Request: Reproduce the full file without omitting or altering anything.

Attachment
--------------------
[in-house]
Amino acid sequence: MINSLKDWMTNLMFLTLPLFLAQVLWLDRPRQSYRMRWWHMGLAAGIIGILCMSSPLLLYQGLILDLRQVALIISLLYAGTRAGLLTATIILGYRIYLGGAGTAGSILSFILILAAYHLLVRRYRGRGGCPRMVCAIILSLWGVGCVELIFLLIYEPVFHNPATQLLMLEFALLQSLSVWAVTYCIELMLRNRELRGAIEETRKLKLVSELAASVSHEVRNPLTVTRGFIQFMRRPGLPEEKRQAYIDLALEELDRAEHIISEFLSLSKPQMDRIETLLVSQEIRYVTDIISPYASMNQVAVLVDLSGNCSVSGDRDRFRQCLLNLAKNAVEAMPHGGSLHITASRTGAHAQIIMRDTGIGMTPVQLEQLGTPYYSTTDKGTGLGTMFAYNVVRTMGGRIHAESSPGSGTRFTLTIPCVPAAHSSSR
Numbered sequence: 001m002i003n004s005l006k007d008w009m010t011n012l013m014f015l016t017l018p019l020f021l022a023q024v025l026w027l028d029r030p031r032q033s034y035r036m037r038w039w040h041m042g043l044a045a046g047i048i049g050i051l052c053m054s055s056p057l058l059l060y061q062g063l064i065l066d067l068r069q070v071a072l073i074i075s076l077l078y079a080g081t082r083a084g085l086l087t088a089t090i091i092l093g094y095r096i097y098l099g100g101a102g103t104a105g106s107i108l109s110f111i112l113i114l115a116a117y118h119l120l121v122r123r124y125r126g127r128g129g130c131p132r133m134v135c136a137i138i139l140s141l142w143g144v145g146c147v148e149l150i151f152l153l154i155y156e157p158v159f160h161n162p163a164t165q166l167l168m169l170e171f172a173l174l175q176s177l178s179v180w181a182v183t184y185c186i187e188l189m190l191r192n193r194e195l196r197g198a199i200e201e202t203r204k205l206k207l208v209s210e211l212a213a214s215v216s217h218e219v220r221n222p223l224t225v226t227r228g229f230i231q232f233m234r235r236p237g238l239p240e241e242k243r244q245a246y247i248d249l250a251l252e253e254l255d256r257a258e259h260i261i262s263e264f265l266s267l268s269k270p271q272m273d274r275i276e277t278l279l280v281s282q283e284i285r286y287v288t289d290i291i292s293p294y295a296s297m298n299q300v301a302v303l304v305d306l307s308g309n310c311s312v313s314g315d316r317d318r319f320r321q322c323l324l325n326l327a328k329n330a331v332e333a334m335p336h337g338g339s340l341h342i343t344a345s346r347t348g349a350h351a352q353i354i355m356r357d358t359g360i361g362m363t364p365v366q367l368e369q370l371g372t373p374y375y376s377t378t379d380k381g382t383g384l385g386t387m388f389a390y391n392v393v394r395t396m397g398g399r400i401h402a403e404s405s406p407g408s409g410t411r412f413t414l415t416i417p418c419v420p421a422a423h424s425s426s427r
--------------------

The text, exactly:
[in-house]
Amino acid sequence: MINSLKDWMTNLMFLTLPLFLAQVLWLDRPRQSYRMRWWHMGLAAGIIGILCMSSPLLLYQGLILDLRQVALIISLLYAGTRAGLLTATIILGYRIYLGGAGTAGSILSFILILAAYHLLVRRYRGRGGCPRMVCAIILSLWGVGCVELIFLLIYEPVFHNPATQLLMLEFALLQSLSVWAVTYCIELMLRNRELRGAIEETRKLKLVSELAASVSHEVRNPLTVTRGFIQFMRRPGLPEEKRQAYIDLALEELDRAEHIISEFLSLSKPQMDRIETLLVSQEIRYVTDIISPYASMNQVAVLVDLSGNCSVSGDRDRFRQCLLNLAKNAVEAMPHGGSLHITASRTGAHAQIIMRDTGIGMTPVQLEQLGTPYYSTTDKGTGLGTMFAYNVVRTMGGRIHAESSPGSGTRFTLTIPCVPAAHSSSR
Numbered sequence: 001m002i003n004s005l006k007d008w009m010t011n012l013m014f015l016t017l018p019l020f021l022a023q024v025l026w027l028d029r030p031r032q033s034y035r036m037r038w039w040h041m042g043l044a045a046g047i048i049g050i051l052c053m054s055s056p057l058l059l060y061q062g063l064i065l066d067l068r069q070v071a072l073i074i075s076l077l078y079a080g081t082r083a084g085l086l087t088a089t090i091i092l093g094y095r096i097y098l099g100g101a102g103t104a105g106s107i108l109s110f111i112l113i114l115a116a117y118h119l120l121v122r123r124y125r126g127r128g129g130c131p132r133m134v135c136a137i138i139l140s141l142w143g144v145g146c147v148e149l150i151f152l153l154i155y156e157p158v159f160h161n162p163a164t165q166l167l168m169l170e171f172a173l174l175q176s177l178s179v180w181a182v183t184y185c186i187e188l189m190l191r192n193r194e195l196r197g198a199i200e201e202t203r204k205l206k207l208v209s210e211l212a213a214s215v216s217h218e219v220r221n222p223l224t225v226t227r228g229f230i231q232f233m234r235r236p237g238l239p240e241e242k243r244q245a246y247i248d249l250a251l252e253e254l255d256r257a258e259h260i261i262s263e264f265l266s267l268s269k270p271q272m273d274r275i276e277t278l279l280v281s282q283e284i285r286y287v288t289d290i291i292s293p294y295a296s297m298n299q300v301a302v303l304v305d306l307s308g309n310c311s312v313s314g315d316r317d318r319f320r321q322c323l324l325n326l327a328k329n330a331v332e333a334m335p336h337g338g339s340l341h342i343t344a345s346r347t348g349a350h351a352q353i354i355m356r357d358t359g360i361g362m363t364p365v366q367l368e369q370l371g372t373p374y375y376s377t378t379d380k381g382t383g384l385g386t387m388f389a390y391n392v393v394r395t396m397g398g399r400i401h402a403e404s405s406p407g408s409g410t411r412f413t414l415t416i417p418c419v420p421a422a423h424s425s426s427r